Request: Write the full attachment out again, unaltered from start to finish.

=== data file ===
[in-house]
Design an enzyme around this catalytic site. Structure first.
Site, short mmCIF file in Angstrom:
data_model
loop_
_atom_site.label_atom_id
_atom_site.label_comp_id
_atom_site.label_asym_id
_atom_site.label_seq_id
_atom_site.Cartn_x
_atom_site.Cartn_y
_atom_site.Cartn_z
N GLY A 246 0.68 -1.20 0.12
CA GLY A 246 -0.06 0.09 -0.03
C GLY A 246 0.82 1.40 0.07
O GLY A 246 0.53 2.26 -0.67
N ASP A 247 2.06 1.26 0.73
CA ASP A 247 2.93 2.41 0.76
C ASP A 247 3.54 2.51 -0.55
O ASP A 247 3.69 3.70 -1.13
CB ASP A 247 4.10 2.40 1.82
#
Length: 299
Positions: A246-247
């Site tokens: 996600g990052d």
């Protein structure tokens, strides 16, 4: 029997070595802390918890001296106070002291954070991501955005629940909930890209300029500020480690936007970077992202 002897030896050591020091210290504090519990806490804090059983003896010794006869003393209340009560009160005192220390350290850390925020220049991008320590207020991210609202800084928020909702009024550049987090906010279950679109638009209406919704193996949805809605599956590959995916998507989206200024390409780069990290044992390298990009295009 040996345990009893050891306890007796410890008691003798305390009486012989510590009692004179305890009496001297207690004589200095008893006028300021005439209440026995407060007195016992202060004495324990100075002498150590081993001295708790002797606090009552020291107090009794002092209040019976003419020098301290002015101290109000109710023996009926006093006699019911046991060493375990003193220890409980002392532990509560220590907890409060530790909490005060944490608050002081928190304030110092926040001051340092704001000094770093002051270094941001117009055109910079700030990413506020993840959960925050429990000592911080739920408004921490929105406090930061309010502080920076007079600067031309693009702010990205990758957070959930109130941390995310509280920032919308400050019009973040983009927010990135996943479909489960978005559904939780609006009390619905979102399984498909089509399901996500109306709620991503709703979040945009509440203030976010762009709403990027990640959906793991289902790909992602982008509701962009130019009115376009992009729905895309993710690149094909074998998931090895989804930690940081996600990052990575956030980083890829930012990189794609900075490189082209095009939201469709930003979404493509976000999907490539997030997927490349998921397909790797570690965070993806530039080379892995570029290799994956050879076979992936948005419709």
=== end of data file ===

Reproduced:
[in-house]
Design an enzyme around this catalytic site. Structure first.
Site, short mmCIF file in Angstrom:
data_model
loop_
_atom_site.label_atom_id
_atom_site.label_comp_id
_atom_site.label_asym_id
_atom_site.label_seq_id
_atom_site.Cartn_x
_atom_site.Cartn_y
_atom_site.Cartn_z
N GLY A 246 0.68 -1.20 0.12
CA GLY A 246 -0.06 0.09 -0.03
C GLY A 246 0.82 1.40 0.07
O GLY A 246 0.53 2.26 -0.67
N ASP A 247 2.06 1.26 0.73
CA ASP A 247 2.93 2.41 0.76
C ASP A 247 3.54 2.51 -0.55
O ASP A 247 3.69 3.70 -1.13
CB ASP A 247 4.10 2.40 1.82
#
Length: 299
Positions: A246-247
């Site tokens: 996600g990052d």
């Protein structure tokens, strides 16, 4: 029997070595802390918890001296106070002291954070991501955005629940909930890209300029500020480690936007970077992202 002897030896050591020091210290504090519990806490804090059983003896010794006869003393209340009560009160005192220390350290850390925020220049991008320590207020991210609202800084928020909702009024550049987090906010279950679109638009209406919704193996949805809605599956590959995916998507989206200024390409780069990290044992390298990009295009 040996345990009893050891306890007796410890008691003798305390009486012989510590009692004179305890009496001297207690004589200095008893006028300021005439209440026995407060007195016992202060004495324990100075002498150590081993001295708790002797606090009552020291107090009794002092209040019976003419020098301290002015101290109000109710023996009926006093006699019911046991060493375990003193220890409980002392532990509560220590907890409060530790909490005060944490608050002081928190304030110092926040001051340092704001000094770093002051270094941001117009055109910079700030990413506020993840959960925050429990000592911080739920408004921490929105406090930061309010502080920076007079600067031309693009702010990205990758957070959930109130941390995310509280920032919308400050019009973040983009927010990135996943479909489960978005559904939780609006009390619905979102399984498909089509399901996500109306709620991503709703979040945009509440203030976010762009709403990027990640959906793991289902790909992602982008509701962009130019009115376009992009729905895309993710690149094909074998998931090895989804930690940081996600990052990575956030980083890829930012990189794609900075490189082209095009939201469709930003979404493509976000999907490539997030997927490349998921397909790797570690965070993806530039080379892995570029290799994956050879076979992936948005419709």